'Gilmore Girls' Creator Reveals Luke Was Supposed To Be 'A Female Character'


Uh... I would still ship it.

Although, if Luke was meant to be a female character, then she was probably never going to hook up with Lorelai in the first place. Way to break my queer, little heart, "Gilmore Girls" creator Amy Sherman-Palladino.

Audiences were rooting for Luke (Scott Patterson) and Lorelai (Lauren Graham) to hook up since probably episode one.

What's more romantic than a woman begging for coffee and a man in a flannel shirt and backward cap giving it to her? NOTHING, I say...

...Except maybe if that person in a flannel shirt and backward cap was a woman.

OK, I get it. Lorelai Gilmore being bisexual would change the show, but let a girl dream.

Creator Amy Sherman-Palladino helped inspire my future gender-bending fan fiction when she told Entertainment Weekly,

Luke was originally a female character. [The network] came to me and said we need another guy, so I literally just took a character and changed the name, didn't even change any of the dialogue because I'm that lazy.

Oh, hold up? Didn't change the dialogue?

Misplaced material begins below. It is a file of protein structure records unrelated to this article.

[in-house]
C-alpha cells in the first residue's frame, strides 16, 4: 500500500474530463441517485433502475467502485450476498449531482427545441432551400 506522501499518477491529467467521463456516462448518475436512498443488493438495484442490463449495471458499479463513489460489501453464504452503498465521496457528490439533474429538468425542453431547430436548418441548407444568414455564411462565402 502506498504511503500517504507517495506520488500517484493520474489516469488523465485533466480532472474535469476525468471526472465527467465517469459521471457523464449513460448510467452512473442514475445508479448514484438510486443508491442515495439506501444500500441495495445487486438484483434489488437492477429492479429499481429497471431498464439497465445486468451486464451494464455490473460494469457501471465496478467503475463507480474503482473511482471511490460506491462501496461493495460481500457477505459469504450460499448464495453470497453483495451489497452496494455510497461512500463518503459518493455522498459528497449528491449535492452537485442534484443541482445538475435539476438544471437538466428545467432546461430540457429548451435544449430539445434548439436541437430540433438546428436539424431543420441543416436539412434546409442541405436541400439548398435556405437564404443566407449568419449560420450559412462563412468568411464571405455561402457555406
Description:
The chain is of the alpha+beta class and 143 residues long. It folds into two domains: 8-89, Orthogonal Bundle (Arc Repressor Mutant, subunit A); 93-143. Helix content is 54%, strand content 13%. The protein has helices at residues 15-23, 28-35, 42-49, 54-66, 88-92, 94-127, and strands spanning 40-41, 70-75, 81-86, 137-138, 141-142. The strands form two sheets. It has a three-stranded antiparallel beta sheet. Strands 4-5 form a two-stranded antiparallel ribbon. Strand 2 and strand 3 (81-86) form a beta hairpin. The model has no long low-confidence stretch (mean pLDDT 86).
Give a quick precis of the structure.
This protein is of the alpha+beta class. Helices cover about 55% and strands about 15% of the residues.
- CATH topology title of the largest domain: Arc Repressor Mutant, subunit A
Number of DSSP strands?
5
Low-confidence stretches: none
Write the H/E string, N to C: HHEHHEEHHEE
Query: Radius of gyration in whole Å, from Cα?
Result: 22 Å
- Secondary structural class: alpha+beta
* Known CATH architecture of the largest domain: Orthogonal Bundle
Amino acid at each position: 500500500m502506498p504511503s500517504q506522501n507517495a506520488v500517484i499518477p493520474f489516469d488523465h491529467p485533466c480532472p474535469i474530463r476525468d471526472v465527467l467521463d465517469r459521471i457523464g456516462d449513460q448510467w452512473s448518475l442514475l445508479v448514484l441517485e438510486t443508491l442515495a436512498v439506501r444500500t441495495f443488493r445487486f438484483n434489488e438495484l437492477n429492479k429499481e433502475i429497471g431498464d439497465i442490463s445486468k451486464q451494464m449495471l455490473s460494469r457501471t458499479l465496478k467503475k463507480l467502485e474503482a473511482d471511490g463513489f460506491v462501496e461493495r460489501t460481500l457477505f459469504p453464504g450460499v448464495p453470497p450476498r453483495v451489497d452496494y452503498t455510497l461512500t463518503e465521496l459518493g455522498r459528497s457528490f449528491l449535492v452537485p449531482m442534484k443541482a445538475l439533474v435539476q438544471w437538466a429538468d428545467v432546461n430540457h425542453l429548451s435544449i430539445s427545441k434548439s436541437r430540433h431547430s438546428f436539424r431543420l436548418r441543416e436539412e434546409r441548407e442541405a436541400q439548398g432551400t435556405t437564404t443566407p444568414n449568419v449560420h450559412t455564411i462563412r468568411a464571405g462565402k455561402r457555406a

So in episode one when Luke shows up in a button-down shirt because he had a meeting and Lorelai said, "Wow, you look nice. Really nice," and Luke responds, "You look nice, too," IT COULD HAVE BEEN DIALOGUE BETWEN TWO WOMEN?

Luke's original name? It was Daisy.

Of course, it really was the chemistry that led to the characters' development and had the character remained Daisy, it probably wouldn't have become a romantic relationship.

Sherman-Palladino said,

We did a few shows and they just had chemistry. It was the episode where they were in the market and Lorelai's spying on Dean. Luke was there and they had this scene that didn't mean anything.

Lauren Graham said,

It didn't seem like, 'Oh this is the definite love interest.' It's just this funny, weird chemistry that we had in terms of being complete opposites and also this built-in conflict of he has the thing she wants — which is coffee... It was just something about the two of those characters together that they kept going back to and then it kept growing.

Patterson, who will be joining the Gilmore girls for the Netflix revival, said,

I knew it from the moment we met, and I knew it was going to work on screen. We just had a rhythm.

"Gilmore Girls: A Year in the Life" will hit Netflix on November 25.

Citations: Gasp! Gilmore Girls Creator Says 'Luke Was Originally a Female Character' (People)